Daily Archives: June 11, 2014

Since the rise of the Tea Party, Republican incumbents in the House of Representatives have faced a basic political question. Do they represent safe districts, in which case the threat to their survival comes from rightwing populists challenging them in primaries? Or do they represent swing districts, where the graver danger comes from a moderate Democrat running against them in a general election?

In the former case, which occurs more often, the ideal stance is to be a principled and unreasonable rightwing conservative. Those subject to a Tea Party challenge must not, under any circumstances, cast a vote to raise the debt ceiling, regularise the status of undocumented immigrants or accept the legal existence of the Affordable Care Act.

For the smaller group of House members in swing districts, the situation is the reverse. Compromise, reasonableness and moderation assume their normal place as political virtues.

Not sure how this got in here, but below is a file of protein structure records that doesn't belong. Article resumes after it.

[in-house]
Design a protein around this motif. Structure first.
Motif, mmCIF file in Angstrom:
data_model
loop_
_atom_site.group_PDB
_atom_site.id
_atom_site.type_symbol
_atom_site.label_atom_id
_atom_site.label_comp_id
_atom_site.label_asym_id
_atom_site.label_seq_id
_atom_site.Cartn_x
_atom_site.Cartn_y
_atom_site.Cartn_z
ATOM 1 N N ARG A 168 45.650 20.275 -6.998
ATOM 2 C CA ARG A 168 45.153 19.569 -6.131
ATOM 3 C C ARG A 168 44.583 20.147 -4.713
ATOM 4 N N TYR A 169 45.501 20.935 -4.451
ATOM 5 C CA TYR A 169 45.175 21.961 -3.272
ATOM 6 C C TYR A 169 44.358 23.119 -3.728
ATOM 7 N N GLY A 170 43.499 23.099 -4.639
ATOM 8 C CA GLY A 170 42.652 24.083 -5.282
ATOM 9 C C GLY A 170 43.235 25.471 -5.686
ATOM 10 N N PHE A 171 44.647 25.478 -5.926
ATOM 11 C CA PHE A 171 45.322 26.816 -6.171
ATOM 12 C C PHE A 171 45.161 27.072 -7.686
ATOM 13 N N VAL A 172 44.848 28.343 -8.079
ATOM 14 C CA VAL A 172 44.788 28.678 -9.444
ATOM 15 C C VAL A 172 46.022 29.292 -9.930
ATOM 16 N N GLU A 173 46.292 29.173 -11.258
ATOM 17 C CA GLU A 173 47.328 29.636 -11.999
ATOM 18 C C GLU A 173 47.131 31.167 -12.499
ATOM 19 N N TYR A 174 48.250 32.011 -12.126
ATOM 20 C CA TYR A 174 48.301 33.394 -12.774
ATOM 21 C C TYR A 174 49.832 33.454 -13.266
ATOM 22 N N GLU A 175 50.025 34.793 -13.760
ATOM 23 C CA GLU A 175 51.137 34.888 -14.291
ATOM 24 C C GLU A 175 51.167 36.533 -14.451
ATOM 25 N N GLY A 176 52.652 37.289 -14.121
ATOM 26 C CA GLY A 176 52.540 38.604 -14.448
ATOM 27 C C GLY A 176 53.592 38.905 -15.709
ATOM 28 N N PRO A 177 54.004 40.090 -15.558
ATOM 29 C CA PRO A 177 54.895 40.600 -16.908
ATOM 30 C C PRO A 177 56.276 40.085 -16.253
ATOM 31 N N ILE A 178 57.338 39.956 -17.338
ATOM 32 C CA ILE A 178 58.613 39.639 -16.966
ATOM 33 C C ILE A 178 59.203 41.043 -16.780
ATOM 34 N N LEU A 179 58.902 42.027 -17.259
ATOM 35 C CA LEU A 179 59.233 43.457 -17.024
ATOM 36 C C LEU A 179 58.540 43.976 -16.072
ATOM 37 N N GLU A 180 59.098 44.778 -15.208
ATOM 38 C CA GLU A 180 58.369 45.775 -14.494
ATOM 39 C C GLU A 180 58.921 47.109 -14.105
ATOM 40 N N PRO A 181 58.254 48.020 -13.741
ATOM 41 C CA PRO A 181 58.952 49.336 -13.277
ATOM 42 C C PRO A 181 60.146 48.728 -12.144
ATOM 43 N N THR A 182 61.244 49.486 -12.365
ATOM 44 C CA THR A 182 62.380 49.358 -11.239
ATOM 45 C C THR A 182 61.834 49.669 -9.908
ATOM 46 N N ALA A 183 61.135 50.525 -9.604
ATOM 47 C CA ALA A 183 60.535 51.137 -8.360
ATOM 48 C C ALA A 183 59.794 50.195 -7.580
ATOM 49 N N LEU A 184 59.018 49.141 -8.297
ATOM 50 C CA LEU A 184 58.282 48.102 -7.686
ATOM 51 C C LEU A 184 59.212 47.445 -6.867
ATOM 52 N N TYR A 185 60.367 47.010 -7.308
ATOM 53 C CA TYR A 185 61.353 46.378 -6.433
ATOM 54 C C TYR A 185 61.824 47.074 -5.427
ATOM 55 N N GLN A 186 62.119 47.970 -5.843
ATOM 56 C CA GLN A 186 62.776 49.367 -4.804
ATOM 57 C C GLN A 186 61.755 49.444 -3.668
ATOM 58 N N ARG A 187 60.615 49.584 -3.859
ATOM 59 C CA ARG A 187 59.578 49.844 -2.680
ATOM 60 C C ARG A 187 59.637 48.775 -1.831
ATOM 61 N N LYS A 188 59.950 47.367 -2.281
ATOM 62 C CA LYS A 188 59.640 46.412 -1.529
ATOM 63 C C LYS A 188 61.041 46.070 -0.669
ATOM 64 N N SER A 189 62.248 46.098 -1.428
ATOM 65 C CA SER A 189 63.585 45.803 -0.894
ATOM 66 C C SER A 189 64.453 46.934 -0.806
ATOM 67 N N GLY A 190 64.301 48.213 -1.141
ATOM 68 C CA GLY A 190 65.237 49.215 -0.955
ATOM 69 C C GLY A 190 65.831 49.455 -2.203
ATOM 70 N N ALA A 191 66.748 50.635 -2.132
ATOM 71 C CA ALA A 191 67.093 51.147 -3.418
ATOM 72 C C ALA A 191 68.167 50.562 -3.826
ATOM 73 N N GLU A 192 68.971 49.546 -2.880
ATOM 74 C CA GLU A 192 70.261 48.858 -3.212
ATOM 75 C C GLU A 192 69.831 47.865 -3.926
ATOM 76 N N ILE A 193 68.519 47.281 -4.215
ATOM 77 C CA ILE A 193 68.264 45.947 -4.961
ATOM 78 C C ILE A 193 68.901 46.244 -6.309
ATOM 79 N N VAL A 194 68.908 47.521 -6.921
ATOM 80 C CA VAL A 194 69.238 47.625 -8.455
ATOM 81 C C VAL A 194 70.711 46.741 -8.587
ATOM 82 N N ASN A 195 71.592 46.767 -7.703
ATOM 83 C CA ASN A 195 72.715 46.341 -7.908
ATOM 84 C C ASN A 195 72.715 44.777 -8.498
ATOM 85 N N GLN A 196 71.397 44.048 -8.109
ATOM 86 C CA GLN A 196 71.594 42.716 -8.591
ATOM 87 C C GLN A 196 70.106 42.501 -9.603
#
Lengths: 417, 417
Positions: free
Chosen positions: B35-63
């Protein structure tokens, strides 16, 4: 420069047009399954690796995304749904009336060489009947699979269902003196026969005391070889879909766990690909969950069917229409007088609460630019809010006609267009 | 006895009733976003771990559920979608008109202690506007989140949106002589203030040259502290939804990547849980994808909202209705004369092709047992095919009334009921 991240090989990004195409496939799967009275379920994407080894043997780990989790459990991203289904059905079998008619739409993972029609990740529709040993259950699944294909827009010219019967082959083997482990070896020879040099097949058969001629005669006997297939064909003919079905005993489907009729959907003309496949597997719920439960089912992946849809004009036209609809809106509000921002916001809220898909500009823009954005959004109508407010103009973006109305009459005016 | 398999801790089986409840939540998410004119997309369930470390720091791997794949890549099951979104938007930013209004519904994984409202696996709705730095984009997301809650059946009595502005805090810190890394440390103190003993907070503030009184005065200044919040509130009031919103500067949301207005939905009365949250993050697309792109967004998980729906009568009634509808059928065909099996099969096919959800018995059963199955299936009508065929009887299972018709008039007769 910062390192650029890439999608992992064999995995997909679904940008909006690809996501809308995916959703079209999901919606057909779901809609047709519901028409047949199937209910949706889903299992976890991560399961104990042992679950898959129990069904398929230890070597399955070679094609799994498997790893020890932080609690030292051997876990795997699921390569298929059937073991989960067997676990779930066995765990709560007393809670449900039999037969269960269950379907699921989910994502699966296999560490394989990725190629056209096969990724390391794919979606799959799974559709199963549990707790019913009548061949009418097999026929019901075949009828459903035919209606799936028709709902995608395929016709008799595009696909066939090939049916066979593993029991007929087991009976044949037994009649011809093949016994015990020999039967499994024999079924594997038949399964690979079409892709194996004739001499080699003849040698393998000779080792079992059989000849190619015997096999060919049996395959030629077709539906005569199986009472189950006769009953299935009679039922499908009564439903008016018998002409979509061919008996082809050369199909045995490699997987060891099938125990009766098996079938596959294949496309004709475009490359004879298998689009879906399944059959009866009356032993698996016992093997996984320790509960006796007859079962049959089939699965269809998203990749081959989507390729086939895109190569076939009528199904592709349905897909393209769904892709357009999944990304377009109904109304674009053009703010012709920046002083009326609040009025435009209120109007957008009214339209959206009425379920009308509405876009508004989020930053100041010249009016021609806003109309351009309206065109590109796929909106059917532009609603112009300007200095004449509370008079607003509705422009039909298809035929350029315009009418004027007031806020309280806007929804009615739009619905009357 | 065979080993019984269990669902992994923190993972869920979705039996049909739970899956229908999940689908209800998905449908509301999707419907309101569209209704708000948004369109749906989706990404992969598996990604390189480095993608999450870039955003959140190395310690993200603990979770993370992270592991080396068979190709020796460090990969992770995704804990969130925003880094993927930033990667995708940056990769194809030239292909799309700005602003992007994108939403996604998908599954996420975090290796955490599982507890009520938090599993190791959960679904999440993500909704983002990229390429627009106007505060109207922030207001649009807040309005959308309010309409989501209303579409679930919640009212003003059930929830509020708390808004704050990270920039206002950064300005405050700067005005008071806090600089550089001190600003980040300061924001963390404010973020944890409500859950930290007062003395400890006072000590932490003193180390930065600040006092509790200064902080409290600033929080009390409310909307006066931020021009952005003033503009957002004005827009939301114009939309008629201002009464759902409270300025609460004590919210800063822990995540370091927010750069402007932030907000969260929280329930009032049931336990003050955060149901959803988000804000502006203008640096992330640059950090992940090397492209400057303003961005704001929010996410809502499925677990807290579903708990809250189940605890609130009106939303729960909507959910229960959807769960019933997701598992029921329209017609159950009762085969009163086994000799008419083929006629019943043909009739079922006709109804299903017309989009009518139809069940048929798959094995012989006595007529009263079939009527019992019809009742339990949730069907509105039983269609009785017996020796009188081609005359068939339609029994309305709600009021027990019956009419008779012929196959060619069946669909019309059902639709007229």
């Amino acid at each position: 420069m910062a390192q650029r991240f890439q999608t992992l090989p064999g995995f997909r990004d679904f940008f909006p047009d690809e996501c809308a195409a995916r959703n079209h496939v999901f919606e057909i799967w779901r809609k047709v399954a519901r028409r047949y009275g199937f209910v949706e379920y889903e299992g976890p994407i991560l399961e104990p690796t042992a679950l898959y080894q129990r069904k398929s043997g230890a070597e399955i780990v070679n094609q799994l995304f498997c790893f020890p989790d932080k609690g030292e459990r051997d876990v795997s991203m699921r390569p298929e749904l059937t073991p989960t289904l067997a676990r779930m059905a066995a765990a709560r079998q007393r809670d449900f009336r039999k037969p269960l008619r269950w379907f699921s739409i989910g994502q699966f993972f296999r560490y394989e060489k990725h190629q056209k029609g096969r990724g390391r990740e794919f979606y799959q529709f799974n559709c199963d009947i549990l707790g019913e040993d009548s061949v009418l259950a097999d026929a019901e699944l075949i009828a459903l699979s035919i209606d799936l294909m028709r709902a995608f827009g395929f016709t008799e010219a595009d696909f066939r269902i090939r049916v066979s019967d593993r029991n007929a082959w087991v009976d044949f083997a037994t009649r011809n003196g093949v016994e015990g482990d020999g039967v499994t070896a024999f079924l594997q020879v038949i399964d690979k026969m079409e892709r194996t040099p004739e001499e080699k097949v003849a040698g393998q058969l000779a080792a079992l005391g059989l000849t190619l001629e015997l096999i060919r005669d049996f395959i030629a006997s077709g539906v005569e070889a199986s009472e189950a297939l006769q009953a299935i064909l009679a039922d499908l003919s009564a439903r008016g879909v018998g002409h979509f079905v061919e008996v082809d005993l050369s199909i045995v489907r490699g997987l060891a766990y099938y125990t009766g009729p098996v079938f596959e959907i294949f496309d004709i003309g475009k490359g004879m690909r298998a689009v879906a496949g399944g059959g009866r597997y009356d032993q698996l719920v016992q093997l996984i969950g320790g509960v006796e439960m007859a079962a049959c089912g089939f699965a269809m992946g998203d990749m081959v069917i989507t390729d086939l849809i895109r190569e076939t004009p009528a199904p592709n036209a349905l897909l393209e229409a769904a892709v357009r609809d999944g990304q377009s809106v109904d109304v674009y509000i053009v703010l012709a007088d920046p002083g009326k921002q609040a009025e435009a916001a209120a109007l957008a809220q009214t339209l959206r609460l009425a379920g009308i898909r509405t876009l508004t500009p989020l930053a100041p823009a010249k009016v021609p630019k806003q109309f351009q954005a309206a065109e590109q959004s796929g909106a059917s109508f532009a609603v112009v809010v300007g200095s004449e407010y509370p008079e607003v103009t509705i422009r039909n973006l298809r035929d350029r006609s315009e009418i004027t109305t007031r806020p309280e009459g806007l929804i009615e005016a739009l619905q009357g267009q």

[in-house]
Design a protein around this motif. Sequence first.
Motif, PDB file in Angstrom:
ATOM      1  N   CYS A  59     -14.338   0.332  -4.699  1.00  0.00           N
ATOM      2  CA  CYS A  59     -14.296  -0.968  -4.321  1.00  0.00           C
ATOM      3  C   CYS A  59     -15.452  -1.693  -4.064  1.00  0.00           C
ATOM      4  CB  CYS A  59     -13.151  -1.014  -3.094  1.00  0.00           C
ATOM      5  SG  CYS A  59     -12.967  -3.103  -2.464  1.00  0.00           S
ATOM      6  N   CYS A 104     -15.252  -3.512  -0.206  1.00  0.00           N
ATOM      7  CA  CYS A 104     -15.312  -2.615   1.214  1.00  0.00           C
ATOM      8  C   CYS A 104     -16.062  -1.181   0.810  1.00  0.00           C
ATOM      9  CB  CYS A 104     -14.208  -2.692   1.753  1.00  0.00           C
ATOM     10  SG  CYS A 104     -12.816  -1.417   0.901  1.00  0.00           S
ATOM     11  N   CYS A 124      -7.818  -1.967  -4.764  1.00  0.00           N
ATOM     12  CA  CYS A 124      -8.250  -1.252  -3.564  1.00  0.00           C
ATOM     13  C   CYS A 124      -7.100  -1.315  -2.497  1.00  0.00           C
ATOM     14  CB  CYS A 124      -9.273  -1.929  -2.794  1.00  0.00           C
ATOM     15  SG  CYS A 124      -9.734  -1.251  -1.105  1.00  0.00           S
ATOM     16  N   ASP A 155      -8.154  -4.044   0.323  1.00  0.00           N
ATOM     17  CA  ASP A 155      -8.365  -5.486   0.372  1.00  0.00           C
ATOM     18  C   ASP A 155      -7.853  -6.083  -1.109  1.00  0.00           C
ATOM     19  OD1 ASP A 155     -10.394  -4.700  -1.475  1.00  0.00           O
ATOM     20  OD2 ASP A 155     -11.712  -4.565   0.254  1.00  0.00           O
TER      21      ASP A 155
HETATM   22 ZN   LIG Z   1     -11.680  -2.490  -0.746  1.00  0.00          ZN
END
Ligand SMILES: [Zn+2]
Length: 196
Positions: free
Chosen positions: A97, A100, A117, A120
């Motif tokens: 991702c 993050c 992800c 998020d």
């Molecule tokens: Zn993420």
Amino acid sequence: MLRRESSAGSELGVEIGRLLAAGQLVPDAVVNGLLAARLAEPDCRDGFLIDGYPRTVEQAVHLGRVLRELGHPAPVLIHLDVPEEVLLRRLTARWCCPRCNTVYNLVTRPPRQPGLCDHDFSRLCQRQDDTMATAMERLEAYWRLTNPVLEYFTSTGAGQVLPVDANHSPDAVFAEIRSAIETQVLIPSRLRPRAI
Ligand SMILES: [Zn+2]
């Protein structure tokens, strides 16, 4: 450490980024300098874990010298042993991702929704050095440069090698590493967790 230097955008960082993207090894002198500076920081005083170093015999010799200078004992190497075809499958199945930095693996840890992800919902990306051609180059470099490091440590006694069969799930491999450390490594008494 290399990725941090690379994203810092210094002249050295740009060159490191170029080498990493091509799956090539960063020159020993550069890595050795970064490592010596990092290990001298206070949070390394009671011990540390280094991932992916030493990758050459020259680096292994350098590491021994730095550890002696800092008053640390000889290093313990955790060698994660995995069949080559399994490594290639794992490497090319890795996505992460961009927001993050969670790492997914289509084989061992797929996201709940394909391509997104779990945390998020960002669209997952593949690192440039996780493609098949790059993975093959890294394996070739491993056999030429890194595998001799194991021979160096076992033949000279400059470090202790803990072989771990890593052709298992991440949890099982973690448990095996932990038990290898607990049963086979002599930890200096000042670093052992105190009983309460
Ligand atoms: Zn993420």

The problem Eric Cantor faced, and the reason for his unexpected defeat in a Virginia primary last night, is that he was unable to make this choice in either direction. This was not because of any lack of political sophistication on his part but because of his role as House majority leader. Read more >>

If anything has survived more or less intact in the aftermath of the global financial crisis, it is inflation targeting. This is odd. After all, pre-crisis, many economists and policy makers enthusiastically embraced the “Great Moderation” – the idea that wise monetary policies had not only helped bring inflation to heel but also, as a result, delivered more stable economic activity. “No more boom and bust” was not the boast of politicians alone: it became a core belief of the economics establishment.

Yet the boast was clearly wrong. A narrow focus on price stability ultimately proved extremely damaging. Policy makers ignored other signs of incipient instability, most obviously rapid credit growth and, in the US at least, surging housing activity. Having done so, they gave the green light to excessive risk-taking: with inflation under control, there was no reason for investors to worry about nasty monetary shocks. Read more >>